“A raw, powerful story of two young men, a Wyoming ranch hand and a rodeo cowboy, who meet in the summer of 1963 sheepherding in the harsh, high grasslands of contemporary Wyoming and form an unorthodox yet life-long bond–by turns ecstatic, bitter and conflicted” (imdb.com).
In today’s blog post, I would like to take a look at the celebrated movie ‘Brokeback Mountain’ from 2005. The movie was very successful, received great reviews, attracted large audiences of movie goers and won 3 Academy awards.
First, let’s take a quick look at what some reviews had to say about the movie. In a review of the film the New York Times states:
“In a country that makes not just a virtue but a fetish of rugged individualism – and set against the big-sky backdrop most identified with that virtue – ‘Brokeback Mountain’ strikes a deep and haunting chord. It’s the story of people who, for no good reason, are not allowed to live their lives as they would like” (Durbin, 2005).
The Washington Post stated: “It’s a Hollywood romance with broad, universal themes”(Vargas, 2005).
In an interview with the website gayinthemedia.com, Hollywood actress Anne Hathawat talks about why she decided to play a supporting role in ‘Brokeback Mountain”. “It’s very rare in Hollywood today to find a motion picture that tells a story that’s never been told before. ‘Brokeback Mountain’ was not only such a movie, but it also was an incredibly poignant one that changed the thinking of many of the people who saw it” (Schweitzer, 2005).
Personally, I think ‘Brokeback Mountain’ was a very significant movie because it told a story that was pretty much untold before. ‘Brokeback Mountain’ brought a same-sex love story to the big screen and surprisingly it was not only successful among the gay or niche audience. The movie tells the story of two guys, two farm hands, who work together on a remote mountain in Wyoming in the summer of 1963. As time goes by, the two guys become intimate and realize that they developed feelings for each other. Nevertheless, during that time of U.S. history homosexuality was not accepted in society and commonly seen as a sickness. Hence, once the summer is over, the two guys separate and return home. They try to forget about their feelings and suppress their homosexuality. A couple of years later, both of the guys are married by that time, they meet again and they notice that they still have strong feelings for each other. Nevertheless, because of the pressure in society one of them continues to try to fight against his homosexuality and denies his feelings. The movie doesn’t end with a happy ending and emphasizes the harsh reality of that time and the presence of homophobia in society. In the end, one of the two main characters gets killed by a group of homophobes because they find out about his sexual orientation.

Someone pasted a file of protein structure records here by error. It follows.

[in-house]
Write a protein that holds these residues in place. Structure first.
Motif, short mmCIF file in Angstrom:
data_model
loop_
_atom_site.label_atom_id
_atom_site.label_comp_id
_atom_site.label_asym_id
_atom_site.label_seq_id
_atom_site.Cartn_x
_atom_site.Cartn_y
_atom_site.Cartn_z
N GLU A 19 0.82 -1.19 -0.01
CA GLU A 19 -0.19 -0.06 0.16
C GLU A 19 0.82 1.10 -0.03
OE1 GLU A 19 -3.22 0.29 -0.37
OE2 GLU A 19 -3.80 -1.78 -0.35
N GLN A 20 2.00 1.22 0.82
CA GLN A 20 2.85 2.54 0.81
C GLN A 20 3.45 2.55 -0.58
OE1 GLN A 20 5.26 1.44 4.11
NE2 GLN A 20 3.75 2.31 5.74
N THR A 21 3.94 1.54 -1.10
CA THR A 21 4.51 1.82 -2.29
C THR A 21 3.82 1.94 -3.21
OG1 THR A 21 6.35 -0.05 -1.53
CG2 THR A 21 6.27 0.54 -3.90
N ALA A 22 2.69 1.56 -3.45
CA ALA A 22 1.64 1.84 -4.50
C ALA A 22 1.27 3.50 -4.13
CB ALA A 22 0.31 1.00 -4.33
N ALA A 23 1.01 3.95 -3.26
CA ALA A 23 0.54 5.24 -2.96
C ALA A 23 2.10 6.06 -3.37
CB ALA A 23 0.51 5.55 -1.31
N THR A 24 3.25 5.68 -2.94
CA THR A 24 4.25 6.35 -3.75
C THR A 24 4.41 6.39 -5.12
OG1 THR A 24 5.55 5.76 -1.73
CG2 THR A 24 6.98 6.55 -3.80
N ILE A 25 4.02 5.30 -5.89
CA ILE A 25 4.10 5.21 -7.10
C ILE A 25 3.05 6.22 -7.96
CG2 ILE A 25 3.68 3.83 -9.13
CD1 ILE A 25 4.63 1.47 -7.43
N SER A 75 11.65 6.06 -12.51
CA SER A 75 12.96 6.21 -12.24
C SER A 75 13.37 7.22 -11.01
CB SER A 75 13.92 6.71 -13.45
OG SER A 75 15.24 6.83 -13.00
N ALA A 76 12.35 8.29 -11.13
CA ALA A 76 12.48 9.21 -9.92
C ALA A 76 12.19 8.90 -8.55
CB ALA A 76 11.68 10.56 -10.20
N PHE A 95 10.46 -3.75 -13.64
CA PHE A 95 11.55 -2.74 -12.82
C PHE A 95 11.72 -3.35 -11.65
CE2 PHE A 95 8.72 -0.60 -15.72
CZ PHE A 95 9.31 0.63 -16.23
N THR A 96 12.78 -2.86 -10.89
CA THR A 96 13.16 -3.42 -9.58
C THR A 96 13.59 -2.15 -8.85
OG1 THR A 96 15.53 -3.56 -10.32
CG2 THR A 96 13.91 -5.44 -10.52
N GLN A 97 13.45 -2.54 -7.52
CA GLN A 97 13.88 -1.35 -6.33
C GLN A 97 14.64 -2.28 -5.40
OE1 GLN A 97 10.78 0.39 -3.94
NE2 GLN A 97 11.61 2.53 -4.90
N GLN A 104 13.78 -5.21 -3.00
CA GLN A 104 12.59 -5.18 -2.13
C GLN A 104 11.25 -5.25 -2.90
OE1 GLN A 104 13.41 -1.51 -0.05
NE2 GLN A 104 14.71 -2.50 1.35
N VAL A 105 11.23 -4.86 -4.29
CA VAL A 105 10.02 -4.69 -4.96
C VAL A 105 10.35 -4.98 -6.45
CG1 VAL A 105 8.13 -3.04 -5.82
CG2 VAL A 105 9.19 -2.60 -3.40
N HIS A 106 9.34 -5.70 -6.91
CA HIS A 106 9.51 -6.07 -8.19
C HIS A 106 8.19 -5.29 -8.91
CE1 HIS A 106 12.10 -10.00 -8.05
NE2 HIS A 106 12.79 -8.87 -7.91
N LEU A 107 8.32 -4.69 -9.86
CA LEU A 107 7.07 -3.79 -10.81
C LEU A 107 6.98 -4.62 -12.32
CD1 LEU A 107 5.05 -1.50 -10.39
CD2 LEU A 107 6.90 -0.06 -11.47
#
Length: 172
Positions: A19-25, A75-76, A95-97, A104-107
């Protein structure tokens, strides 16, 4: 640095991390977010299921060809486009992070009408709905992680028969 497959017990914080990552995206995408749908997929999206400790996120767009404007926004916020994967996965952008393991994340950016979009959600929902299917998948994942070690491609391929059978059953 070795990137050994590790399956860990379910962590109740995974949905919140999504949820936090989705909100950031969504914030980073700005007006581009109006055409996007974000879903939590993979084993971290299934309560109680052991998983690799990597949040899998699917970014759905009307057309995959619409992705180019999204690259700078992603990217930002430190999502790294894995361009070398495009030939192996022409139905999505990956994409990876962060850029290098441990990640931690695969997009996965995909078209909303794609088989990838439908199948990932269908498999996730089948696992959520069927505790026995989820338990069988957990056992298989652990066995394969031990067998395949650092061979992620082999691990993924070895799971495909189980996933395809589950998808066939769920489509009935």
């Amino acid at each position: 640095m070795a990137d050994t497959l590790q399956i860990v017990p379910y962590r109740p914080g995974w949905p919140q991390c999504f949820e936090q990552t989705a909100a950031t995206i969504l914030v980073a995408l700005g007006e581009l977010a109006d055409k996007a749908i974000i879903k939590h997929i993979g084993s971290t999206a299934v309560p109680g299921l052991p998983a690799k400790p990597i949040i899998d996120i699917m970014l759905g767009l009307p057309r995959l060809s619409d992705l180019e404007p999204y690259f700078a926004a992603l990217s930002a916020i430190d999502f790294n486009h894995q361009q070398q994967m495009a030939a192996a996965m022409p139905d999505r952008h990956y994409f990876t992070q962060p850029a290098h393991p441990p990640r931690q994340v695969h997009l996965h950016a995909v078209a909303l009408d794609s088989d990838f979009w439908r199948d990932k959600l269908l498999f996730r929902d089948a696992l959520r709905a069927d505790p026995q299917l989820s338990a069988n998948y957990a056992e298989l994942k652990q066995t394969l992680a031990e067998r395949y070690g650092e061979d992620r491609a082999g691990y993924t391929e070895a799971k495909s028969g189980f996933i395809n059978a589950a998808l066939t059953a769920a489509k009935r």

Certainly, the movie sends some very important messages. One of them is that not all gay men fit into the stereotypes which are commonly held in society. The two main characters in ‘Brokeback Mountain’ are two very masculine and tough farm hands. Most people would probably not expect them to be gay. Their appereance is not what most people would expect from gay men.
“By the time Brokeback Mountain was released, the media had presented the public with two categories of stereotypically gay man. The first was a composite of the friends who gathered for the birthday party in The Boys in the Band – effeminated, narcissistic, promiscuous, and emotionally weak. The second came by way of Will & Grace and the parade of men who appeared in the high -profile gay films of the 1990s – handsome, charming succesful, and blessed with impeccable taste” (Streitmatter, 171).
In addition to the fact that the movie is challenging these commonly held stereotypes and inviting the audience to rethink their perception about homosexual men, the movie also addresses the issue of anti-gay violence. The movie sends a very strong message to the audience. It emphasizes that “gay men face the very real possibility of becoming victims of anti-gay violence, and, finally, the film makes a dramatic plea for American society to put an end to homophobia” (Streitmatter, 170).
DURBIN, KAREN. “The New York Times.” 4 September 2005. Cowboys in Love . . . With Each Other . 1 May 2011 http://www.nytimes.com/2005/09/04/movies/04durb.html?8hpib=&pagewanted=all.
Schweitzer, Noah. “Voices from Brokeback Mountain: Anne Hathaway,” Gays in the Media, December 12, 2005 (www.gaysinthemedia.com/interview/annehathaway).
Vargas, Antonio, “Gay Moviegoers Tip their Hats to a Love Story,” Washington Post, December 14, 2005, C1.”